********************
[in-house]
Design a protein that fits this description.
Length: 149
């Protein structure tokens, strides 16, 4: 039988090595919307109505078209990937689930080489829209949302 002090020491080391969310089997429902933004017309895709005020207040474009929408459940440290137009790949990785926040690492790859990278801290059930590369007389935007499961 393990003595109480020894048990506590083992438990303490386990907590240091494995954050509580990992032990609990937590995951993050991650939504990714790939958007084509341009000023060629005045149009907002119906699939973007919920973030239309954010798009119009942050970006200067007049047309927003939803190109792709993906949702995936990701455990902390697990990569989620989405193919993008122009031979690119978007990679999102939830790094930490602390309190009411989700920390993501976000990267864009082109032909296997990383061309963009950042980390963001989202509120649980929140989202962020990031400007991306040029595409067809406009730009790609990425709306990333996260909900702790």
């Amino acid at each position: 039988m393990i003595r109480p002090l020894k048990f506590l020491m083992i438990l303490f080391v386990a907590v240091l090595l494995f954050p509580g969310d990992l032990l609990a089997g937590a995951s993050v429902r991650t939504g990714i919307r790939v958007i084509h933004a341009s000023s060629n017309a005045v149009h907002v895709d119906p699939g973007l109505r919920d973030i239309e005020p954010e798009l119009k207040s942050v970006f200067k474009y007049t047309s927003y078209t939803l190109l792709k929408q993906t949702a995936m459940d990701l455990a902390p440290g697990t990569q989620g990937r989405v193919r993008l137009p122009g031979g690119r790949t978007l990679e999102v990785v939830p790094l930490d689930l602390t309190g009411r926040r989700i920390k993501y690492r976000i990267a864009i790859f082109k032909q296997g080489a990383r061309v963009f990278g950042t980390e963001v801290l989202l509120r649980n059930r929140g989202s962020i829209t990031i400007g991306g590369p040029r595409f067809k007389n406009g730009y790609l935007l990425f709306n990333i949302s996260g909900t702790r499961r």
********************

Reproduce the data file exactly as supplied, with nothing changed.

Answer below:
[in-house]
Design a protein that fits this description.
Length: 149
């Protein structure tokens, strides 16, 4: 039988090595919307109505078209990937689930080489829209949302 002090020491080391969310089997429902933004017309895709005020207040474009929408459940440290137009790949990785926040690492790859990278801290059930590369007389935007499961 393990003595109480020894048990506590083992438990303490386990907590240091494995954050509580990992032990609990937590995951993050991650939504990714790939958007084509341009000023060629005045149009907002119906699939973007919920973030239309954010798009119009942050970006200067007049047309927003939803190109792709993906949702995936990701455990902390697990990569989620989405193919993008122009031979690119978007990679999102939830790094930490602390309190009411989700920390993501976000990267864009082109032909296997990383061309963009950042980390963001989202509120649980929140989202962020990031400007991306040029595409067809406009730009790609990425709306990333996260909900702790």
């Amino acid at each position: 039988m393990i003595r109480p002090l020894k048990f506590l020491m083992i438990l303490f080391v386990a907590v240091l090595l494995f954050p509580g969310d990992l032990l609990a089997g937590a995951s993050v429902r991650t939504g990714i919307r790939v958007i084509h933004a341009s000023s060629n017309a005045v149009h907002v895709d119906p699939g973007l109505r919920d973030i239309e005020p954010e798009l119009k207040s942050v970006f200067k474009y007049t047309s927003y078209t939803l190109l792709k929408q993906t949702a995936m459940d990701l455990a902390p440290g697990t990569q989620g990937r989405v193919r993008l137009p122009g031979g690119r790949t978007l990679e999102v990785v939830p790094l930490d689930l602390t309190g009411r926040r989700i920390k993501y690492r976000i990267a864009i790859f082109k032909q296997g080489a990383r061309v963009f990278g950042t980390e963001v801290l989202l509120r649980n059930r929140g989202s962020i829209t990031i400007g991306g590369p040029r595409f067809k007389n406009g730009y790609l935007l990425f709306n990333i949302s996260g909900t702790r499961r």